Celiac.com 01/23/2017 - It makes some kind of sense that kids with celiac disease who follow a gluten-free diet will recover, their guts will normalize, and their levels of IgA tissue transglutaminase antibodies would drop to reflect this change; whereas high antibodies likely mean no recovery, right? But is that true? Is there really a correlation on any level?
The research team included Maureen M. Leonard, Dascha C. Weir, Maya DeGroote, Paul D. Mitchell, Prashant Singh, Jocelyn A. Silvester, Alan M. Leichtner, and Alessio Fasano.
Their team conducted a retrospective chart review of one-hundred and three pediatric patients, under 21 years of age, with a diagnosis of celiac disease defined as Marsh 3 histology, and who underwent a repeat endoscopy with duodenal biopsy at least twelve months after initiating a gluten free diet.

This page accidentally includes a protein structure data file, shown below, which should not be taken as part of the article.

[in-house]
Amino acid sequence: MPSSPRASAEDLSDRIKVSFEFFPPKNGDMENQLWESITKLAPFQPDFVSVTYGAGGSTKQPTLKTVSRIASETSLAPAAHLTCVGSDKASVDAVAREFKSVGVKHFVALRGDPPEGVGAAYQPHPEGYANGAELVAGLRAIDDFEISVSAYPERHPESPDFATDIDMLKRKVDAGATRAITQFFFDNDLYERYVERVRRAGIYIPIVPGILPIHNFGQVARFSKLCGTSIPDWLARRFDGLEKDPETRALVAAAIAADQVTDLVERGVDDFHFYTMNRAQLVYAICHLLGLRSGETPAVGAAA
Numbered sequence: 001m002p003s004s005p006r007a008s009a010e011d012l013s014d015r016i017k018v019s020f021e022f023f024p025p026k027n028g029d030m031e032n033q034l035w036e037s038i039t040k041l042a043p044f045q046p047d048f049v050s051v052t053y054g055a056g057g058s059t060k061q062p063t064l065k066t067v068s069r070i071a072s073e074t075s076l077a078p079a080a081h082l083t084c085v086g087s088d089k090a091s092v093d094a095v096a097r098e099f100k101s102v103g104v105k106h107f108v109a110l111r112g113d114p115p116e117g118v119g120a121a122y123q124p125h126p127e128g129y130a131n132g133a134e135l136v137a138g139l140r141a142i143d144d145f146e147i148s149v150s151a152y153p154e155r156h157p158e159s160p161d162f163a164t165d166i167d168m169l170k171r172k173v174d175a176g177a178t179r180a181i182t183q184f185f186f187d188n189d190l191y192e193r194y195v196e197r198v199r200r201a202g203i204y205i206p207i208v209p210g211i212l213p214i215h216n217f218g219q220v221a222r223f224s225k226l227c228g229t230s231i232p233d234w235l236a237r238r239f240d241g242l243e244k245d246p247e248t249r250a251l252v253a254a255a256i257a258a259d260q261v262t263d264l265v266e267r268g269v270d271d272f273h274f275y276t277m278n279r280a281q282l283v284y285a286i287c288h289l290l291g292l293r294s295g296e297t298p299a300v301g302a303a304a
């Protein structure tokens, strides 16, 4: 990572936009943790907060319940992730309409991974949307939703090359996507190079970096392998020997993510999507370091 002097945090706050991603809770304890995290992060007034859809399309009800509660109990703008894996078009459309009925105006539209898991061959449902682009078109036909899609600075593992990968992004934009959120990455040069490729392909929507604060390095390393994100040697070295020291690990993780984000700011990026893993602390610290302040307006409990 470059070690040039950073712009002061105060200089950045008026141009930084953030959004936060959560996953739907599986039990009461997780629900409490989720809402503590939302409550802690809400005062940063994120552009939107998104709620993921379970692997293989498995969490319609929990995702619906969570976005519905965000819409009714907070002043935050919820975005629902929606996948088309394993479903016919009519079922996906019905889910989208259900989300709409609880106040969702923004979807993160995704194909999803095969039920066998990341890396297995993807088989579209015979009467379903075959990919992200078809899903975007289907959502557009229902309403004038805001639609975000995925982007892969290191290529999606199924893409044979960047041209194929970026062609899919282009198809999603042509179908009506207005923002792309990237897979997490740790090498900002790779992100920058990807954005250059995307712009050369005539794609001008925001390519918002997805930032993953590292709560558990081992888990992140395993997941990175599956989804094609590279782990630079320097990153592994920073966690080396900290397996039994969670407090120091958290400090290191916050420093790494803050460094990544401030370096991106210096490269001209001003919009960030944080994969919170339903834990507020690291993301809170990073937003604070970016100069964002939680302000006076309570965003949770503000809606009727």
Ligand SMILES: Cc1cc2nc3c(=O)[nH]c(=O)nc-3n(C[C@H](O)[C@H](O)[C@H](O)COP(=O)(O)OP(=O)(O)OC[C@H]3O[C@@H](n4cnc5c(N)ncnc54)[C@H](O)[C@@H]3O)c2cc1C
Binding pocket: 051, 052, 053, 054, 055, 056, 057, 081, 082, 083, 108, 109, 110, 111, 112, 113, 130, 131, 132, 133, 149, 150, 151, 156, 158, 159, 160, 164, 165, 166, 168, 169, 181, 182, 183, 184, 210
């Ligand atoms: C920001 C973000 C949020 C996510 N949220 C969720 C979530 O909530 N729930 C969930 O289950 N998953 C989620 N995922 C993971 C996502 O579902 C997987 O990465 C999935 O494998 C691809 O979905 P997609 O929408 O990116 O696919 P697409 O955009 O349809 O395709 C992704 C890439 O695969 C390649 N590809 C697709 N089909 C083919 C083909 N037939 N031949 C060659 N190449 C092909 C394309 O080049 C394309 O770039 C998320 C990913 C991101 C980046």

Their result showed that 19% of these pediatric patients treated with a gluten-free diet still had persistent enteropathy.
At the time of the repeat biopsy, tTG was elevated in 43% of cases with persistent enteropathy, and in 32% of cases in which there was mucosal recovery. So, high tTG levels could be seen in both recovered patients, and non-recovered patients.
The overall positive predictive value of the autoantibody tissue transglutaminase was 25%, and the negative predictive value was 83%, in patients on a gluten free diet for a average of 2.4 years.
Nearly one in five children with celiac disease in this study population had persistent enteropathy, even with a gluten free diet. Also, IgA tTG was not an accurate marker of mucosal recovery. Neither the presence of symptoms, nor positive serology predicted a patient's histology at the time of repeat biopsy.
These findings could help improve current monitoring and management criteria of celiac disease in children.